http://en.wikipedia.org/wiki/Logotherapy

Life has meaning under all circumstances, even the most miserable ones. Our main motivation for living is our will to find meaning in life. We have freedom to find meaning in what we do, and what we experience, or at least in the stand we take when faced with a situation of unchangeable suffering.

 

“We can discover this meaning in life in three different ways: (1) by creating a work or doing a deed; (2) by experiencing something or encountering someone; and (3) by the attitude we take toward unavoidable suffering” and that “everything can be taken from a man but one thing: the last of the human freedoms – to choose one’s attitude in any given set of circumstances”.

 

Now, Frankl survived concentration camps and therefore has in my opinion the crown when it comes to suffering and finding meaning in suffering. Anything I have experienced is nothing to what he survived. However, my old friend the Mad Priest has said on a number of occasions that comparing one person’s sufferings with that of another is both ludicrous and insulting: suffering is suffering.

 

This is what dear old Wiki says about Frankl’s views on depression:

 

Depression

Viktor Frankl believed depression occurred at the psychological, physiological, and spiritual levels. At the psychological level, he believed that feelings of inadequacy stem from undertaking tasks beyond our abilities. At the physiological level, he recognized a “vital low”, which he defined as a “diminishment of physical energy” Finally, Frankl believed that at the spiritual level, the depressed man faces tension between who he actually is in relation to what he should be. Frankl refers to this as the gaping abyss (Frankl; page 202). Finally Frankl suggests that if goals seem unreachable, an individual loses a sense of future and thus meaning resulting in depression. Thus logotherapy aims “to change the patient’s attitude toward her disease as well as toward her life as a task” (Frankl, page 200)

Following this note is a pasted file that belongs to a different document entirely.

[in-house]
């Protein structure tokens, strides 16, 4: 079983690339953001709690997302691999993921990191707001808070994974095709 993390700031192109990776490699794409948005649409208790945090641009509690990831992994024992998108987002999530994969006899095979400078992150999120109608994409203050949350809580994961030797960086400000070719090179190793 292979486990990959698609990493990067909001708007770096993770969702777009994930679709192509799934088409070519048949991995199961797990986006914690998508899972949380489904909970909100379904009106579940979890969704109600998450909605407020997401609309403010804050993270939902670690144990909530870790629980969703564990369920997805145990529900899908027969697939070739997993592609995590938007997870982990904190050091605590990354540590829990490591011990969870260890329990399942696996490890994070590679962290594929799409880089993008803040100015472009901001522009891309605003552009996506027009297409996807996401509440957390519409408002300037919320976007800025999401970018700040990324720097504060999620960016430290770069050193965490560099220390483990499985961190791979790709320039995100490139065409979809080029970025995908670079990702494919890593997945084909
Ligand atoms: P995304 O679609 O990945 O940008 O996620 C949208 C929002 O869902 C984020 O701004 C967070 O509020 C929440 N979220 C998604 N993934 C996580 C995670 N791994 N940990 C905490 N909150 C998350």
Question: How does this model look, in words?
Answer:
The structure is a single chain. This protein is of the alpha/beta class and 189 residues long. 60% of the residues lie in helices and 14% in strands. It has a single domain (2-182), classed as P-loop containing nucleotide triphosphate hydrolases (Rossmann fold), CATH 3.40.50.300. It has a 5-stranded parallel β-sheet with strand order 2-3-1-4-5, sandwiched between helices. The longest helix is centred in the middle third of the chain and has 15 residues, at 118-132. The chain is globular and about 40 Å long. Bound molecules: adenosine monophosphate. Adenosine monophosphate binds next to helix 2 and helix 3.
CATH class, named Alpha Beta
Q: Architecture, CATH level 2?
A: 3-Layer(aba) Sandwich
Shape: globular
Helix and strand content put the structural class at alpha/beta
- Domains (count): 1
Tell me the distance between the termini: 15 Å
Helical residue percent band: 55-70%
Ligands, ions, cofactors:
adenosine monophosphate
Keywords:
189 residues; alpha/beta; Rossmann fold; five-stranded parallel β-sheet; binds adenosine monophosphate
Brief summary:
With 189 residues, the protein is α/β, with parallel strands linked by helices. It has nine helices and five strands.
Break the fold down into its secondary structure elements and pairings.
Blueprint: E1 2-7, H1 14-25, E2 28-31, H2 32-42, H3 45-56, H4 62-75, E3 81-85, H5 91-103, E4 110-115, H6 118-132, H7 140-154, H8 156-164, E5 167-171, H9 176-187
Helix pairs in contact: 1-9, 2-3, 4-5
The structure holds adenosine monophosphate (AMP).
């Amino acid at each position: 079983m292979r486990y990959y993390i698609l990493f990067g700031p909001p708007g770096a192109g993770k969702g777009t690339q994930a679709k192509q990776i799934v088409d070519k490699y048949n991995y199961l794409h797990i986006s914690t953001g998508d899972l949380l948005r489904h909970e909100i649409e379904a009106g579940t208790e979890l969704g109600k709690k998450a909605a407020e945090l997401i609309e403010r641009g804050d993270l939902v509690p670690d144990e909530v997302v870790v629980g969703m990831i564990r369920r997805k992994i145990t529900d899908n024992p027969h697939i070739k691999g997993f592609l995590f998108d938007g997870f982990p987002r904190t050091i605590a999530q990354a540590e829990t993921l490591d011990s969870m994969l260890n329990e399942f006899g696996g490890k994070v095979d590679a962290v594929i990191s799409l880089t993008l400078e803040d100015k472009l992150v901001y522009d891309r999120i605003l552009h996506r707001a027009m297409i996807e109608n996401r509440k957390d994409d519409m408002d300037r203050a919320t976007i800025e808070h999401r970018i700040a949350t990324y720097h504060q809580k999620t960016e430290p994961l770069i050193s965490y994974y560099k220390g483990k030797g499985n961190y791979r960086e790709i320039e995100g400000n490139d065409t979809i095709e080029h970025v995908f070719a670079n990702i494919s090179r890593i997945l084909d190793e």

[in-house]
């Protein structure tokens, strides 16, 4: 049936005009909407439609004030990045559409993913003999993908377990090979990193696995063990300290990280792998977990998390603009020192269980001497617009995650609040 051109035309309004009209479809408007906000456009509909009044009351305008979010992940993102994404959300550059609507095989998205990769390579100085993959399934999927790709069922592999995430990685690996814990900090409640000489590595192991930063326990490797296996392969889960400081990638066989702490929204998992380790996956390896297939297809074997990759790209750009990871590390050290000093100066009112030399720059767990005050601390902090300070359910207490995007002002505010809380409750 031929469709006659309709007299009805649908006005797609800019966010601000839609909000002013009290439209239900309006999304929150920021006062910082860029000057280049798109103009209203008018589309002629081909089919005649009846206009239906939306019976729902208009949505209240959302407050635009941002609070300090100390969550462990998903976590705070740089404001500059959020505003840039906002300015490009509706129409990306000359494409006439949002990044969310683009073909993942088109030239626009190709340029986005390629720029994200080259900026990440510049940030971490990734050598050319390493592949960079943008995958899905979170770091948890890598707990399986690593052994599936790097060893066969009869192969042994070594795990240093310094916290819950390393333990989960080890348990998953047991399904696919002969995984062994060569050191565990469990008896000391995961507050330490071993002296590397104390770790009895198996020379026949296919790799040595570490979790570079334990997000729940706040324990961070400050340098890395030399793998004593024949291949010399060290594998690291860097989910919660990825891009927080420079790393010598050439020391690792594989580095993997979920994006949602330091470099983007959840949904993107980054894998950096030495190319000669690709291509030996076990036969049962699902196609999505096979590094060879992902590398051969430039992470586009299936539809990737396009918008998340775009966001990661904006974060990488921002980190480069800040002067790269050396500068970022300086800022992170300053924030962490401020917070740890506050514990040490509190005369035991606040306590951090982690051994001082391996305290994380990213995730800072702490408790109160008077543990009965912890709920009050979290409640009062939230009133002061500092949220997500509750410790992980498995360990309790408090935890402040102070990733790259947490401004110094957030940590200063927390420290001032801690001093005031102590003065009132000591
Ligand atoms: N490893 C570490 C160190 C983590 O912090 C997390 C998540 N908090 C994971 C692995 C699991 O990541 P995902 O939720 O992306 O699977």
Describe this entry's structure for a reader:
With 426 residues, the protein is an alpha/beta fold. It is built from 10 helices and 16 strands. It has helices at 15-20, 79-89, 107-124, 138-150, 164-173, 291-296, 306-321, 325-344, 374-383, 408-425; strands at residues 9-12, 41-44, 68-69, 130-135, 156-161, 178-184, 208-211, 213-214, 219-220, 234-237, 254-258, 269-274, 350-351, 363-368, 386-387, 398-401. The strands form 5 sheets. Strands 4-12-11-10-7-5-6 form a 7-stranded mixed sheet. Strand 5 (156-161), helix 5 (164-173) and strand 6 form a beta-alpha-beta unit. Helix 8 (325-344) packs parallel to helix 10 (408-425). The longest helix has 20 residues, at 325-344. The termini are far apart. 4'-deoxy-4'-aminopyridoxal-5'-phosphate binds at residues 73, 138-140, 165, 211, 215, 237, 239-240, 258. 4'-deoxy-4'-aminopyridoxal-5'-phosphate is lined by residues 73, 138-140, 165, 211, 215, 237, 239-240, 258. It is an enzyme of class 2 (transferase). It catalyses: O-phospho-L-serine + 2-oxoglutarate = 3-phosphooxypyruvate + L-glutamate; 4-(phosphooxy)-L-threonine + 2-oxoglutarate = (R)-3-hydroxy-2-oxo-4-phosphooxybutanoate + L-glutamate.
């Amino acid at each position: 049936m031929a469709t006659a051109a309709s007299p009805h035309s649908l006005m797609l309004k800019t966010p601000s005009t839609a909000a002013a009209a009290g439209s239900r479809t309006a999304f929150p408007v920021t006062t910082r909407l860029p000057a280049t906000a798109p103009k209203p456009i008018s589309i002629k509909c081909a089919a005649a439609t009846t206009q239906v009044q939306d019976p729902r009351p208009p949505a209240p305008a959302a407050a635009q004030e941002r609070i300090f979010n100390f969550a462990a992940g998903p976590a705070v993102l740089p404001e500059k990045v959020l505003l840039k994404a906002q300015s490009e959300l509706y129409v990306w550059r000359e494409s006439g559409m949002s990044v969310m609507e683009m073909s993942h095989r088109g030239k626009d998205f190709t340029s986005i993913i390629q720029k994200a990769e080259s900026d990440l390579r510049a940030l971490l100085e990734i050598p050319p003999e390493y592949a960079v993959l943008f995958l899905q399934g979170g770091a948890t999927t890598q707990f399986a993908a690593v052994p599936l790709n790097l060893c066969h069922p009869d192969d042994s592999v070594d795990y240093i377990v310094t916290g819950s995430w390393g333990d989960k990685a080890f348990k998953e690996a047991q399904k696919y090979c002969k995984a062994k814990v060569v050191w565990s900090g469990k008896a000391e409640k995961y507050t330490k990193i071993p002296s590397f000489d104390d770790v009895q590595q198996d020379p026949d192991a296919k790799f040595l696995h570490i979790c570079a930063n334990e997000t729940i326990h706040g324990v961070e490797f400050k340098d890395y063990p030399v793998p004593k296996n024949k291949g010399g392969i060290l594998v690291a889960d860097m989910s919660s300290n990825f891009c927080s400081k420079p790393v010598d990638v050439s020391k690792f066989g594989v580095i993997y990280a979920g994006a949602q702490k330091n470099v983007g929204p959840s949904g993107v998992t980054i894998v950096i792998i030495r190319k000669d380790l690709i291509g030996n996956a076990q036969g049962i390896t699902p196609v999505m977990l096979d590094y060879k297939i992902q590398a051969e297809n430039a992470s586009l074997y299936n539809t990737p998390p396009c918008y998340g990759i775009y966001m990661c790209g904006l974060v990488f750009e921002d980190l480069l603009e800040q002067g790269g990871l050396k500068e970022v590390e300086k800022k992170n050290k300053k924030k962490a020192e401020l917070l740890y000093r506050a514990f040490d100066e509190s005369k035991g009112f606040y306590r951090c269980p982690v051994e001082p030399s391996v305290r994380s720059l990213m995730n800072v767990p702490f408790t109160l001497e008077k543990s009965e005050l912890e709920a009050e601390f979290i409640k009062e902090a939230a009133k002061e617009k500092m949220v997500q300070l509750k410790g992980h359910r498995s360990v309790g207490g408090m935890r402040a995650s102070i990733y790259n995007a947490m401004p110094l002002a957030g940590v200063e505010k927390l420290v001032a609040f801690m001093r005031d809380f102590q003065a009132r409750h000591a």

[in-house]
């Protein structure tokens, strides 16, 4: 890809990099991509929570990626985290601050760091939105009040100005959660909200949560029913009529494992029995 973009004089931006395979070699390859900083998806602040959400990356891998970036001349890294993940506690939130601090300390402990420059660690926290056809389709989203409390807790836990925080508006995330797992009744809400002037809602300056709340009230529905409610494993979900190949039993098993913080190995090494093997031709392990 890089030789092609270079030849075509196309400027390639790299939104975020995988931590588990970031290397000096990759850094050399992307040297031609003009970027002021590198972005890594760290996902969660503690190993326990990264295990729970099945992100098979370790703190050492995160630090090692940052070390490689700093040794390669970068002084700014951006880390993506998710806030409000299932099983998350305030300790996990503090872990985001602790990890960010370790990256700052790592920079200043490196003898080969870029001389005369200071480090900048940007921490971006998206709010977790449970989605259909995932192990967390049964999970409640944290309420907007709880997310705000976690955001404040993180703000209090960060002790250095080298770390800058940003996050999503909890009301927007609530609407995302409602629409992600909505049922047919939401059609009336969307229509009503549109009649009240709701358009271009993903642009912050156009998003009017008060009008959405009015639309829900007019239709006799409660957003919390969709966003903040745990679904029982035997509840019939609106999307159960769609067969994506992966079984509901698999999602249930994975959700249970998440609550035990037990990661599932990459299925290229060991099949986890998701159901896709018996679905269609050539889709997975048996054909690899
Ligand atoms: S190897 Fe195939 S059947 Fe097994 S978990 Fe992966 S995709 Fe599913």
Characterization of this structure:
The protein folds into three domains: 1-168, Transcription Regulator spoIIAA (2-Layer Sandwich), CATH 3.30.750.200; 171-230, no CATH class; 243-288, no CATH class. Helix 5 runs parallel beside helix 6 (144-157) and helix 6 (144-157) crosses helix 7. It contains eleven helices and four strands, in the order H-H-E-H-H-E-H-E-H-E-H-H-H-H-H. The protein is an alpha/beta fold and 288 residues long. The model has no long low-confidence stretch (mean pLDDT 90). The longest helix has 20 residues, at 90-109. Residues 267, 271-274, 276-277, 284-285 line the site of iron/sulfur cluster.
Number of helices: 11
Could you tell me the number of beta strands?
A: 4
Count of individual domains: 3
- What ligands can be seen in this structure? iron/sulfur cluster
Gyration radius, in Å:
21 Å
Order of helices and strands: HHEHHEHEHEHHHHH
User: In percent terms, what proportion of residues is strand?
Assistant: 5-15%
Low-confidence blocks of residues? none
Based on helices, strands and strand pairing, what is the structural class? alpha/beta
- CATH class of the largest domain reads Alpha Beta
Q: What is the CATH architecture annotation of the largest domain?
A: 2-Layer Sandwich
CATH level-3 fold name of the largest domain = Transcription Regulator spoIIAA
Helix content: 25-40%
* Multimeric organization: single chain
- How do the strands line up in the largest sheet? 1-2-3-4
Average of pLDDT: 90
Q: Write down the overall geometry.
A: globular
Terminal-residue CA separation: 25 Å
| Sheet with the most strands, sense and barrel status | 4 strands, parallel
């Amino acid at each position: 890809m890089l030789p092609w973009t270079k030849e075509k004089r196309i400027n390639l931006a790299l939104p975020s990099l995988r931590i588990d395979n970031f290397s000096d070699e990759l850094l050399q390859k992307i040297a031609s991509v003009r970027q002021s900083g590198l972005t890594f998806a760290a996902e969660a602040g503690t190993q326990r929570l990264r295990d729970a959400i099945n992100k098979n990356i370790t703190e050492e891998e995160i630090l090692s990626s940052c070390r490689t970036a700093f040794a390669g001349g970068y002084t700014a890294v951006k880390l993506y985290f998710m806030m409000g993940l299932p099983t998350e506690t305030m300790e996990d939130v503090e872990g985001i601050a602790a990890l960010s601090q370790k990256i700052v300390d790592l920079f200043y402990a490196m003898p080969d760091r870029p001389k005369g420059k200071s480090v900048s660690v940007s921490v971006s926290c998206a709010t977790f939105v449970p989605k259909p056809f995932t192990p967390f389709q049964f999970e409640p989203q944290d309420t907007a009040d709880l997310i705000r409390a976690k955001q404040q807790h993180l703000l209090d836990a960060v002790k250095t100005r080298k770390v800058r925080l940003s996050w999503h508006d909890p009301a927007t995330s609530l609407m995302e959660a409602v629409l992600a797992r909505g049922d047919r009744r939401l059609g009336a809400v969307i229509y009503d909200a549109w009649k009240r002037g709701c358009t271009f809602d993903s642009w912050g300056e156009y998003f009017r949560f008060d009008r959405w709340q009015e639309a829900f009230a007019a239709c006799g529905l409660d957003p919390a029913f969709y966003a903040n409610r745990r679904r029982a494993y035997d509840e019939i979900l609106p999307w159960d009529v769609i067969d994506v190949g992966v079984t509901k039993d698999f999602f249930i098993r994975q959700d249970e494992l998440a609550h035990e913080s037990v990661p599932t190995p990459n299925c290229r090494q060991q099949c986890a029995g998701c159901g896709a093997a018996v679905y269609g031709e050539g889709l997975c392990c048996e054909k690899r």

Reading this, I had a strong sense of this chiming with my own experiences and beliefs. I am not what I should be. But what should I be?

Lying in the bath this morning, I let my mind wander off by itself. It never goes very far but this time it came back with a few curious thoughts. I mused on my own name. I have two Christian names that both derive from Latin, and translated mean Living Light. It set me wondering whether light is harmed by darkness. The nightmares about the consuming shadows have shaken me rather a lot, and while I know that Light is merely a form of energy if you use purely physics, I started to wonder if in some sense darkness is something more sentient, more aggressive, an entity rather than simply the absence of light. Scientists among you might be tutting at this point. But metaphysicians and mystics have asked this question for millennia, about this apparent war between light and darkness.